As a side note: You don’t hear people dismissing men when they say they don’t want kids. You also don’t hear people wondering how men struggle to balance work and family the way women do when they have kids. And the truth is... yes, I might change my mind. When I was 13, I promised I wouldn’t have sex before marriage. And when I was 15, I swore I would NEVER drink alcohol. When I was 17, I said I would never get a tattoo. And even at 25, I swore on my life I WOULD NEVER pursue a master’s degree. And yet here we are. That’s the thing with people. We change our mind, and we change it again. And while it’s important we recognize that not every decision is absolute, it’s also important we validate the decisions we do make at present time as they are not less valid because "we might change our mind." Or because we are women, or because the world likes to raise housewives.


Let me tell you the story of how I found out I had endometriosis, and how suddenly every pain I had ever felt during my period made more sense. I’ve always had painful periods. There was a time in college that I couldn’t even get up from bed because my cramps were so painful and strong, they felt like 1000 rusty needles stabbing through me. My periods were regular, usually lasting 3-4 days, and my only major symptom was really painful cramps. I Googled it, I asked around, I talked to my doctors about it, and heard the same conclusion again and again: “This is normal. Take some pills for the pain and put a warm bag of rice on your stomach.” So, I mastered the art of managing really painful periods for years because no doctor ever validated my concerns, so this must be normal.

Until one day in December of 2014 I had a really terrible stomachache. I went to urgent care (thinking it could be appendicitis) and they found a mass in my ovary and fallopian tube. I was immediately sent to a hospital where they did further analysis, and it turned out that the mass was a massive cyst. Insanely, my first thought was, “how embarrassing.” I felt embarrassed! Isn't that wild?

Within 24 hours, I went into surgery to get the cyst removed, and that’s where all the magic happened. During surgery, the surgeon noticed I had been suffering from endometriosis and, right then and there, removed as much of the endometrial tissue as possible. I had no idea that I had been suffering from endometriosis, nor that cysts can result from it.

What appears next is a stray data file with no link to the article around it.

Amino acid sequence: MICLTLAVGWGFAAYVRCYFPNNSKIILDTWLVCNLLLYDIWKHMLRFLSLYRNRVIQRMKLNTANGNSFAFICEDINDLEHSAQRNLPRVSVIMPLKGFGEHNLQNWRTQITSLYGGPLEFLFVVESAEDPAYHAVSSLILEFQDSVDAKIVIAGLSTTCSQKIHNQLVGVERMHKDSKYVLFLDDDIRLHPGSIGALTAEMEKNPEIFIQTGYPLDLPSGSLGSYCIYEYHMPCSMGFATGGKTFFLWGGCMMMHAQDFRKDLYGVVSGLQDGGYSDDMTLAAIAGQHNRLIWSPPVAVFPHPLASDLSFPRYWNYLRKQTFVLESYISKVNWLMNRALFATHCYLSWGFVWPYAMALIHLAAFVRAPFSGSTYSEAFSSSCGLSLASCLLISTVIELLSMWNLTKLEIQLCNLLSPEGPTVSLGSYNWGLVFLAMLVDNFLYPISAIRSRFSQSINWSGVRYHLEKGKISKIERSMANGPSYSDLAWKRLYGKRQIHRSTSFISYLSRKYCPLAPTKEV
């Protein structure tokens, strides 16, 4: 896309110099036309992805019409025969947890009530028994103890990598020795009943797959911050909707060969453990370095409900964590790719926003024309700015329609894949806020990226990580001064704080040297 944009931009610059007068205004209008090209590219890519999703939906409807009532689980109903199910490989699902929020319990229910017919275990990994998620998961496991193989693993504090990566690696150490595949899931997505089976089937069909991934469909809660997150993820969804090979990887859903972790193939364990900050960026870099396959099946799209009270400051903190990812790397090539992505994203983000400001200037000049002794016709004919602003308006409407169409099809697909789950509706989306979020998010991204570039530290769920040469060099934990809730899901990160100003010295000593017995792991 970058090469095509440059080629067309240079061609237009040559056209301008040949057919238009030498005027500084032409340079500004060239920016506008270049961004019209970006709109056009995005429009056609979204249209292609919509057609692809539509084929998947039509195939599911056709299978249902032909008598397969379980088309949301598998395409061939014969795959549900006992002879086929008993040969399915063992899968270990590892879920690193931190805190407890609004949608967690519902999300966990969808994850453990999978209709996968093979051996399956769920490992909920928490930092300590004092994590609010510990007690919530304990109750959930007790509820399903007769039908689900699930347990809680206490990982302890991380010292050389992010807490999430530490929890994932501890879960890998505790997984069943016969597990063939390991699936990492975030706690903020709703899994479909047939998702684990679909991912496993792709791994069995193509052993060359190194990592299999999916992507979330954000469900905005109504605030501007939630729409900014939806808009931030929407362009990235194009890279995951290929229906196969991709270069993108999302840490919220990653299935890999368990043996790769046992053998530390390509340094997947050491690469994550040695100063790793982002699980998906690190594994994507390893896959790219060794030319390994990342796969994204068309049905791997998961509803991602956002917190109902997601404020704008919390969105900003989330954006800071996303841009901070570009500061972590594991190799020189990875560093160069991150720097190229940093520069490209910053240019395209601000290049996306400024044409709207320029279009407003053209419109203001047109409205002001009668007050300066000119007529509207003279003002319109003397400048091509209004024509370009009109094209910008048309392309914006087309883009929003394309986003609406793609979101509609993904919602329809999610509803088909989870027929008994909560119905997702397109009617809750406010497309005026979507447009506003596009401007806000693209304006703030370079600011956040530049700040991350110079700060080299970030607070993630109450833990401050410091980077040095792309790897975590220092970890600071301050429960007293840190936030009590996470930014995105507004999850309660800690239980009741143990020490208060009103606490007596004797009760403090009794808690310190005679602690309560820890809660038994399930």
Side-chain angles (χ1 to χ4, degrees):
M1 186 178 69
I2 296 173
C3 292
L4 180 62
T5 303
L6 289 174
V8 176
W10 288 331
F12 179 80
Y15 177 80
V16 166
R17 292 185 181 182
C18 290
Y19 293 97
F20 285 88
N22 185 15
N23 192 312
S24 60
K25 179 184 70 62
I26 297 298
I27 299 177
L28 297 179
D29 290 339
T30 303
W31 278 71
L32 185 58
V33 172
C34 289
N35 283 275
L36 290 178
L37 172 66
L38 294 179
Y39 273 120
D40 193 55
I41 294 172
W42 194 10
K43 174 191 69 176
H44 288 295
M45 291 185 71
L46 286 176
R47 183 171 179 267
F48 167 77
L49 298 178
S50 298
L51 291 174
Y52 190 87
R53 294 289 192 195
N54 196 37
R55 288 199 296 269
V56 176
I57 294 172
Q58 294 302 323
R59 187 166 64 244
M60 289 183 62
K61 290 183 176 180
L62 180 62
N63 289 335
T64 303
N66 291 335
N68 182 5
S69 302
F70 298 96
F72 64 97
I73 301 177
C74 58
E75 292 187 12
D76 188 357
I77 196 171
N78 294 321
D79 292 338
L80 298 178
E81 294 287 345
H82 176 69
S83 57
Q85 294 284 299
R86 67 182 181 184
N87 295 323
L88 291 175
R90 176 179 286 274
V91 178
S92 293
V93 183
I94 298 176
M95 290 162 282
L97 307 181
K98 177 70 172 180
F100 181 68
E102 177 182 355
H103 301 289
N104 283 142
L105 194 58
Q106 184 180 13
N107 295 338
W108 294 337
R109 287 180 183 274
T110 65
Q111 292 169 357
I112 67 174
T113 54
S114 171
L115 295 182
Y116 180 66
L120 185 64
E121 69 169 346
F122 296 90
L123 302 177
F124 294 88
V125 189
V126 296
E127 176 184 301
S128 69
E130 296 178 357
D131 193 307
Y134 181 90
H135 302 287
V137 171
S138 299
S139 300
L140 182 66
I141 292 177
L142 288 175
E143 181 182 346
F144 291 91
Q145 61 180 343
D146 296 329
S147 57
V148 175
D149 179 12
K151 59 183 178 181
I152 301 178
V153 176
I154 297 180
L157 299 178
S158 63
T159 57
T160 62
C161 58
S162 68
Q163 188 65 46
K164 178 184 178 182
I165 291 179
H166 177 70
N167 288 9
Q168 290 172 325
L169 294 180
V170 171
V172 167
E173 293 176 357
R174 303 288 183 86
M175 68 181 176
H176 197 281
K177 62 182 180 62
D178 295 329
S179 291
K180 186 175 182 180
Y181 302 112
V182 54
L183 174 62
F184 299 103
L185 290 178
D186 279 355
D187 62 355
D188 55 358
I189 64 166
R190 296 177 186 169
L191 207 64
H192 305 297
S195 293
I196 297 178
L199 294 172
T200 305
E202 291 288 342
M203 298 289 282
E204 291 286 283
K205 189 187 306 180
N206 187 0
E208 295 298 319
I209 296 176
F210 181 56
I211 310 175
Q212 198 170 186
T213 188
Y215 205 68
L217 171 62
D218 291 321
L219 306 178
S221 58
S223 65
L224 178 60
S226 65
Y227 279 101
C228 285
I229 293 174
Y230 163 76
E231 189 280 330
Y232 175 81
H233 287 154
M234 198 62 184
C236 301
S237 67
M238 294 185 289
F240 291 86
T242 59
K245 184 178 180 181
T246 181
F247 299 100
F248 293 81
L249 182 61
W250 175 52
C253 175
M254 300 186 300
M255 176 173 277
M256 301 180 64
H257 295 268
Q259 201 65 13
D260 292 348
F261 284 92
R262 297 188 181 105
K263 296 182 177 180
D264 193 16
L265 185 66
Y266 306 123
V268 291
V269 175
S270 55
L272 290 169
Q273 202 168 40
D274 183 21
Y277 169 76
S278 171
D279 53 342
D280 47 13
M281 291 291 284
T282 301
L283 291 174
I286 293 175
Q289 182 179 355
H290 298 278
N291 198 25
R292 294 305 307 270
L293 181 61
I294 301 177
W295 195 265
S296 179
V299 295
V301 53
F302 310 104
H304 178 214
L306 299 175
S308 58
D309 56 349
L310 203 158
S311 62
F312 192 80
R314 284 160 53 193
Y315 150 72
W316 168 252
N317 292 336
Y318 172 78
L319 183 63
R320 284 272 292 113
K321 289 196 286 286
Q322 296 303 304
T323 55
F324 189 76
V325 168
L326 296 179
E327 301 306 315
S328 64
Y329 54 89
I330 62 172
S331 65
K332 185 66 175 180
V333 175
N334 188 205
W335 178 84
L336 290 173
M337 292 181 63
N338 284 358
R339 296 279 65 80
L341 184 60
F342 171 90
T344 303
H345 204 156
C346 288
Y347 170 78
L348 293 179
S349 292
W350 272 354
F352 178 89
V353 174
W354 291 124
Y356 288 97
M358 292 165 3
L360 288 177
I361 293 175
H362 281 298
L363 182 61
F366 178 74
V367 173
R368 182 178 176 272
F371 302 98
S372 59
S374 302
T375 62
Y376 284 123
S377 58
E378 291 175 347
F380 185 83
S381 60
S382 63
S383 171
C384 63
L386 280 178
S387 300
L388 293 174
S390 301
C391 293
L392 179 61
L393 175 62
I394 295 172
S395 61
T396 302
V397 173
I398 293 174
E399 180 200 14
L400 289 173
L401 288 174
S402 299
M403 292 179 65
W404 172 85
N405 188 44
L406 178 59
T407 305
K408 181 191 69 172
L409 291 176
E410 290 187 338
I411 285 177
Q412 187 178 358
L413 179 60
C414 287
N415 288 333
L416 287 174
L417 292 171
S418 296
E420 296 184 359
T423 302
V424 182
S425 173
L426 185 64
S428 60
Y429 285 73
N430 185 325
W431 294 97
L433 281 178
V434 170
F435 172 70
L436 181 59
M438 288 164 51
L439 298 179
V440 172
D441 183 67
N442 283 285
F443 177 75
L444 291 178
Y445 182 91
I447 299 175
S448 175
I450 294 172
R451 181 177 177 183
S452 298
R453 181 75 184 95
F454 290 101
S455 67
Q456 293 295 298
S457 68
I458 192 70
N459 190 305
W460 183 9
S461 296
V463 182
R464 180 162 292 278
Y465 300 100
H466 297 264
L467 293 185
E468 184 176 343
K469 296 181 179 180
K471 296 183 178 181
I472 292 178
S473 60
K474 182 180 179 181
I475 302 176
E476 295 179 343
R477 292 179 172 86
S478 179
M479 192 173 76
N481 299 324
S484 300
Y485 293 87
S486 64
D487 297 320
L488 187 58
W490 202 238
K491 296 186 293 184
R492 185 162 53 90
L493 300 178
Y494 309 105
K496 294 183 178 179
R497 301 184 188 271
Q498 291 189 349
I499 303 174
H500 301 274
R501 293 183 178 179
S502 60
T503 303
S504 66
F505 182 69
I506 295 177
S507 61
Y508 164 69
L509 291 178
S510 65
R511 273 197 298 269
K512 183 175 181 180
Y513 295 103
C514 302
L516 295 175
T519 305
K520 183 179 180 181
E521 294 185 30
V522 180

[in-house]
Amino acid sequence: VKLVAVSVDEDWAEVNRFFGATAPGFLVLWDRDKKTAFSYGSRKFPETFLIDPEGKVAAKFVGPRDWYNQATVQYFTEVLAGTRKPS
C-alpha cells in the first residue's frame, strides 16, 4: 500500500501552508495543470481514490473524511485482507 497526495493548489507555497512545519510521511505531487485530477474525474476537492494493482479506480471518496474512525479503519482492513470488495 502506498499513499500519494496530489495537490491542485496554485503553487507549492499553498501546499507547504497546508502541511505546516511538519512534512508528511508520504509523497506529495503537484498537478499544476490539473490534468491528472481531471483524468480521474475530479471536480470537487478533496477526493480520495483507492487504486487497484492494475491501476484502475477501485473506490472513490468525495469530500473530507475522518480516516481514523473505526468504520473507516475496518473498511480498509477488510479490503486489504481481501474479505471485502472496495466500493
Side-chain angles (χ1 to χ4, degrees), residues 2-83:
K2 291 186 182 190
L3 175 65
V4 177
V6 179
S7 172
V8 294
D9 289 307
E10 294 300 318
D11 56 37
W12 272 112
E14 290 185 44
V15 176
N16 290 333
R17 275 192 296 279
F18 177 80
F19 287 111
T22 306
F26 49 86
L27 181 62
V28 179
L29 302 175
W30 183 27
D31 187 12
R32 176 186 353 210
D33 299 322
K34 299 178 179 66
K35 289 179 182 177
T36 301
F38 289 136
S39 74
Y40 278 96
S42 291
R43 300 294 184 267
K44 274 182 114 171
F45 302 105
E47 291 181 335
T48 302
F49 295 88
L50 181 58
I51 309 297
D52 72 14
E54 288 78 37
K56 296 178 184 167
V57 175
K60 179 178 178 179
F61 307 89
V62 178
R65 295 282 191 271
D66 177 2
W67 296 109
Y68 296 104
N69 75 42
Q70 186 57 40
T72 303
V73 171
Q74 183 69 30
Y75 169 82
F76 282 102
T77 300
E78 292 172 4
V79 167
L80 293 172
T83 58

Endometriosis is hard to understand. By definition: “Endometriosis (en-doe-me-tree-O-sis) is an often painful disorder in which tissue grows outside your uterus. With endometriosis, the tissue can be found on the ovaries, fallopian tubes or the intestines. The most common symptoms are pain and menstrual irregularities. Effective treatments, such as hormones and excision surgery, are available.” But what the heck does that even mean, you know? Doctors have explained it to me, I have read about it, I have heard people talk about it, and had plenty of chats about what it is. But still. What the heck does all that even mean?

My gynecologist also explained you can treat it with either birth control or surgery. When I found out I had Endometriosis, I felt weird and uncomfortable about it. However, it was soon after I discovered that a lot of women suffer from endo – 1 in 10 to be exact. Some women are asymptomatic while others have intensely severe symptoms. Many women have the condition most of their lives without being diagnosed because doctors and others around them attempt to pacify them by saying things like, ‘Your pain is normal. Just take some pills. Use a bag of rice.” Or simply because they don't have any pain and can live with it. Endometriosis is more normal than people think it is, and it's treatable and manageable.

That surgery was the best thing that’s ever happened to me. Now I visit my gynecologist frequently, and I speak up whenever I feel abnormal discomfort, which doesn't happen as much. About 4 months ago, though, my pelvic area felt sore. I concluded, DR. CABI, that I probably had a cyst, so I spent a whole afternoon at the E.R. getting all sorts of tests done. Turned out... my jeans were just too tight.. lol.

I do get painful cramps sometimes, but they are nowhere near as terrible as they were before. I try to talk openly about periods on Instagram (despite the DMs I get from some men saying ThiS tOo muCh iNFormATIOn, Ew). I just want to normalize the conversation, for me. So I never feel “weird” about my health again.

And I want to encourage you to do the same. Any discomfort, any pain, any concern. Tell your doctor. Get yourself checked. Get that pap smear you've been putting off. Check and check again. Your life may literally depend on that one doctor visit you just don't have the time for. Make time for you.

Speak up.

Be kind to people.